China’s trolling Australia over the murders of civilians in Afghanistan by its special forces isn’t finished. Far from apologizing as Australian Prime Minister Scott Morrison has demanded, instead on Tuesday the state-run English language newspaper Global Times described that “China’s goodwill” is “futile with evil Australia” as the headline reads.
And yes the offending and now viral tweet is still live on Chinese foreign ministry spokesman Zhao Lijian’s Twitter account. The GT op-ed had this to say: “Australia’s evil acts toward China have made Chinese society not only surprised, but also disgusted. Many Chinese people feel as if they have swallowed a fly when hearing about Australia… How arrogant and shameless the Morrison government is!…Australia treats China’s goodwill with evil. It is not worthy to argue with it.“
Shocked by murder of Afghan civilians & prisoners by Australian soldiers. We strongly condemn such acts, &call for holding them accountable. pic.twitter.com/GYOaucoL5D
— Lijian Zhao 赵立坚 (@zlj517) November 30, 2020
“If it does not want to do business with China, so be it. Its politics, military and culture should stay far away from China – let’s assume the two countries are not on the same planet. As a warhound of the US, Australia should restrain its arrogance. Particularly, its warships must not come to China’s coastal areas to flex muscles, or else it will swallow the bitter pills.)” the op-ed said.
Quickly spotlighting details of the escalating trade spat and Beijing’s version of events which is underlying the latest China trolling (and fueling that is Australia’s criticisms of Beijing’s handling of the coronavirus outbreak), GT continued:
China has never associated bilateral trade with politics between the two countries. China imposed tariffs on Australian barley for dumping and government subsidies, and imposed tariffs on Australian wine for the same reason. Moreover, pests have been found in Australian timber that threaten China’s ecology, and Australian lobsters have been found to have high levels of cadmium. China didn’t fabricate them. In terms of trade, China won’t fear it if Australia brings the cases to the WTO.
China firmly maintains and advocates free trade. China and Australia are signatories to the Regional Comprehensive Economic Partnership. Australia has carried out more than 100 anti-dumping and anti-subsidies investigations on Chinese products, while China only carried out a few against Australian products. Beijing does not fear going to the WTO with Canberra. China will acknowledge it if it loses, but the result will certainly be that all Australia’s accusations will fall flat.
Beijing knows it holds all the cards, and that Canberra will soon be desperate to normalize trade ties and relations once again, after major Aussie commodities exports to its number one foreign market earlier this month were blocked and/or were hit with huge tariffs by China.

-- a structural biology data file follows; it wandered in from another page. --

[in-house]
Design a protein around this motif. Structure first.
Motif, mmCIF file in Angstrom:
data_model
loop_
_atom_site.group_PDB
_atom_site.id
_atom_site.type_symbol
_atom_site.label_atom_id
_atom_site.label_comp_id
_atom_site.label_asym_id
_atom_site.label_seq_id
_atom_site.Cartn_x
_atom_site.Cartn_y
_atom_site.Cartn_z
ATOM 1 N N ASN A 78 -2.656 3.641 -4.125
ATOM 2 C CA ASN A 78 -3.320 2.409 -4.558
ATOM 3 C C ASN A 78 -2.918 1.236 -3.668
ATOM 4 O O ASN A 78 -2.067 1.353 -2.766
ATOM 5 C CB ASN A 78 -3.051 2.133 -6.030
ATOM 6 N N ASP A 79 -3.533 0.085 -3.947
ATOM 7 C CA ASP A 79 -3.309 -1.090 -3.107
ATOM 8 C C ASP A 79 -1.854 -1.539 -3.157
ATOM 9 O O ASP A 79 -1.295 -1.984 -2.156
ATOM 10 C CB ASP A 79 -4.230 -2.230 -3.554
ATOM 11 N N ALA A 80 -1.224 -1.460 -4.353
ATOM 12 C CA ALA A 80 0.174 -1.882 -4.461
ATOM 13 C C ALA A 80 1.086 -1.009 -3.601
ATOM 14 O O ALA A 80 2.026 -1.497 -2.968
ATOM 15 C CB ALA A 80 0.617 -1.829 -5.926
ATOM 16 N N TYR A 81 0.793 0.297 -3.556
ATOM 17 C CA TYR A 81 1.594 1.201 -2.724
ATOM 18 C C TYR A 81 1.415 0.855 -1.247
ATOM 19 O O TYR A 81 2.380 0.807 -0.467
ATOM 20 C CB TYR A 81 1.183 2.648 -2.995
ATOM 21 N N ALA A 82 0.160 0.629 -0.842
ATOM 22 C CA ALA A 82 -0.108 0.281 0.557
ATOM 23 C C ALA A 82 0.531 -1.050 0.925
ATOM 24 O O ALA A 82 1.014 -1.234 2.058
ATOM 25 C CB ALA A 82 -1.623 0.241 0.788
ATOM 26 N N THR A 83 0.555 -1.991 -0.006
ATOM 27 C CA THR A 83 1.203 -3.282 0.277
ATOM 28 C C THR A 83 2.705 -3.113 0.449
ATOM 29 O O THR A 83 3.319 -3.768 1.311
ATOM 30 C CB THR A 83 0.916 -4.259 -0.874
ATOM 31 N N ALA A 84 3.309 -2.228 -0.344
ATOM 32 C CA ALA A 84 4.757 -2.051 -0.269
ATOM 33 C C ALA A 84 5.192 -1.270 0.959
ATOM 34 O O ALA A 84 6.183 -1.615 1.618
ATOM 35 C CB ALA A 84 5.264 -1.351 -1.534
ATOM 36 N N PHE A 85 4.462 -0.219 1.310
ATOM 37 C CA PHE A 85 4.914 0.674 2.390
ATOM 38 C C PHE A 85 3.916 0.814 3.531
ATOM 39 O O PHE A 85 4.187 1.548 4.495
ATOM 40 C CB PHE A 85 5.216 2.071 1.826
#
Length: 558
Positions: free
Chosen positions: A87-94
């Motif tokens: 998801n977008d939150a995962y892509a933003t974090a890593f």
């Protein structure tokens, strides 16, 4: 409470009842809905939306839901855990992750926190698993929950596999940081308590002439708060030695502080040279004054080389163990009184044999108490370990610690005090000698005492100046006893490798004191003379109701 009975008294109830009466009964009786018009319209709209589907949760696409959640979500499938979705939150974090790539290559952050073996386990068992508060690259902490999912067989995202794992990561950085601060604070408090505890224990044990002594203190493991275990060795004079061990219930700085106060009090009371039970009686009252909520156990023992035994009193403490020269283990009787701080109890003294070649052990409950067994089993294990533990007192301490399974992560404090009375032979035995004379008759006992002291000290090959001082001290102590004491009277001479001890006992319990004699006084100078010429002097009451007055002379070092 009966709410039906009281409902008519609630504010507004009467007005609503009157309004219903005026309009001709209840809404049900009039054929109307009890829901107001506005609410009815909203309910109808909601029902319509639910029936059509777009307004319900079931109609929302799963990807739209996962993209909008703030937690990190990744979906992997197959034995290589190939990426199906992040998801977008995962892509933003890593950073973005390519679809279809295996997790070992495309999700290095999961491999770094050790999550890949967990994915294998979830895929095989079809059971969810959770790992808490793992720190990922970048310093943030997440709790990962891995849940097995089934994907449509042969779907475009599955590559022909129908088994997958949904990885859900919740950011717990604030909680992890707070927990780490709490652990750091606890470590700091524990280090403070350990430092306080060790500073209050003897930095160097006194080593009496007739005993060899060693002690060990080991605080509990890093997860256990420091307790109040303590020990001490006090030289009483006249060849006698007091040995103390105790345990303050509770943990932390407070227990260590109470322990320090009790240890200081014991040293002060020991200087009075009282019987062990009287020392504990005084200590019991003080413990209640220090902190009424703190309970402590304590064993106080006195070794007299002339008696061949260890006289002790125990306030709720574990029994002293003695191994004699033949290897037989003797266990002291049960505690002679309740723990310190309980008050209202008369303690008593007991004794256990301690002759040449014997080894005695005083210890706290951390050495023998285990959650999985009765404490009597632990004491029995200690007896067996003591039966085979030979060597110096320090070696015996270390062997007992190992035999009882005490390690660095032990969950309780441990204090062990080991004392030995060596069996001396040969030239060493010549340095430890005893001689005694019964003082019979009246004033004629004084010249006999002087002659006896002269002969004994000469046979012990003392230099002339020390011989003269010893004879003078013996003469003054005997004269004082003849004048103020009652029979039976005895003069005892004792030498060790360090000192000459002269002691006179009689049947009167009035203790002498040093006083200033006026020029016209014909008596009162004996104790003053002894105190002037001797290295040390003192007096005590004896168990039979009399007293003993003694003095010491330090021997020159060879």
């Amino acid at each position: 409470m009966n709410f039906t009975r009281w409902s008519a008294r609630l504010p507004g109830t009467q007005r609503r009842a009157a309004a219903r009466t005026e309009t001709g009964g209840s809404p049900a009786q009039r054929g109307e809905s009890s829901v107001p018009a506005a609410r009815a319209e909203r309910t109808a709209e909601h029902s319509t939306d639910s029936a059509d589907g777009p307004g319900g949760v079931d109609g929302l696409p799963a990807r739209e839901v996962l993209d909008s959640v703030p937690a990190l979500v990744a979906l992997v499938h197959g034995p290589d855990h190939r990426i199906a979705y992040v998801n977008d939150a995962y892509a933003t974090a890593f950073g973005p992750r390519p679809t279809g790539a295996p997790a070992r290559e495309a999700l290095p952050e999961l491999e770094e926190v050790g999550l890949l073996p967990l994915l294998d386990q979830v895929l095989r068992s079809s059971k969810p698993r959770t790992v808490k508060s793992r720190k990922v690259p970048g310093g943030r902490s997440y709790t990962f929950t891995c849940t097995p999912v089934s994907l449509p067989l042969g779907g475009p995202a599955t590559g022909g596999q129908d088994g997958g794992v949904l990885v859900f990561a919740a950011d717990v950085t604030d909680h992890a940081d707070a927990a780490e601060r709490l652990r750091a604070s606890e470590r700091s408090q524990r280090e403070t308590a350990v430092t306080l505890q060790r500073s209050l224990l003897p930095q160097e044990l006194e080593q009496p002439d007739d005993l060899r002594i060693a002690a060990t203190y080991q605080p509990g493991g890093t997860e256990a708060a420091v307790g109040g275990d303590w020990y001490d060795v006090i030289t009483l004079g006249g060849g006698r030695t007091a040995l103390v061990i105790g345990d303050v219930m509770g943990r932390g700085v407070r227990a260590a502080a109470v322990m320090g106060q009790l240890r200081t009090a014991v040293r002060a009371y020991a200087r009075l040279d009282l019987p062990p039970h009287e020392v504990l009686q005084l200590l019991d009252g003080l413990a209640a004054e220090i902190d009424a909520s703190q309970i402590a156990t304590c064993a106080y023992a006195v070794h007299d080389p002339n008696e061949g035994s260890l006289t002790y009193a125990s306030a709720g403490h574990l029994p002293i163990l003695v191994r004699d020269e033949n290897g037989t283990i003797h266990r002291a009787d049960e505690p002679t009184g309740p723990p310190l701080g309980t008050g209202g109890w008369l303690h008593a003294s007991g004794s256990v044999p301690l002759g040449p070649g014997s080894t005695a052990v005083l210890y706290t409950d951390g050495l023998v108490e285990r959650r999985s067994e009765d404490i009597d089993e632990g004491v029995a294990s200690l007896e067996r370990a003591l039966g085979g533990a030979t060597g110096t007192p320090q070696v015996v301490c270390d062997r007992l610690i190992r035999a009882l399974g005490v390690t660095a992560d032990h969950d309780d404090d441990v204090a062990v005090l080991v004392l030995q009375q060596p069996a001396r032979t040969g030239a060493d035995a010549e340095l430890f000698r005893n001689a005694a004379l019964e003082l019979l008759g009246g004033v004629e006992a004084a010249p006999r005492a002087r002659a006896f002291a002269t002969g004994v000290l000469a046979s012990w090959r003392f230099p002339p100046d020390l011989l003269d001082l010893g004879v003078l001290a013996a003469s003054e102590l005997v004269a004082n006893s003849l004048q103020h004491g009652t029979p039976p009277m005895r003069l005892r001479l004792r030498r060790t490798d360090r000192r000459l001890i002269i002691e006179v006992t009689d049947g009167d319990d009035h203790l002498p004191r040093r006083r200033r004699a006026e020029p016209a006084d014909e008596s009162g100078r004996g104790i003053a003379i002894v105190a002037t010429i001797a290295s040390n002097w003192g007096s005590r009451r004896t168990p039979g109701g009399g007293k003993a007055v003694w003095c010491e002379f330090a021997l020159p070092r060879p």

Meanwhile, speaking of Monday’s unified ‘outrage’ among Australia’s political class and media and PM Morrison’s demand of an apology over the offending doctored image tweet showing an Australian soldier poised over an Afghan child with a bloody knife, the Chinese Embassy in Canberra issued an official statement on its website, saying “The rage and uproar of some Australian politicians and media is nothing but misreading of and overreaction” to the tweet.
“Yesterday, Secretary of [Australia’s] DFAT made a complaint to the Chinese Ambassador over a phone call about the twitter post of Mr Zhao Lijian. The Ambassador refuted the unwarranted accusations as absolutely unacceptable,” the statement said.
Trade Minister @birmo says Australia will complain to the @WTO about #China‘s trade coercion, but WTO dispute resolution takes years. For industries like wine, immediate Government assistance is vital to save capacity & diversify exports. #auspol #saparli https://t.co/VhLVBi0zXU
— Rex Patrick (@Senator_Patrick) November 29, 2020
The statement continued:
The accusations made are simply to serve two purposes. One is to deflect public attention from the horrible atrocities by certain Australian soldiers. The other is to blame China for the worsening of bilateral ties. There may be another attempt to stoke domestic nationalism.
All of this is obviously not helpful to the resetting of bilateral relationship. It’s our advice that the Australian side face up to the crimes committed by the Australian soldiers in Afghanistan, hold those perpetrators accountable and bring justice to the victims.
And finally the Chinese embassy urged the Australian side to “take constructive practical steps” to help bring the previously healthy bilateral relationship “back to the right track.”
But it appears each side is locked in a point of no return and there’s only bottom from here, especially given leadership in both countries is now tapping into and stoking popular domestic anger.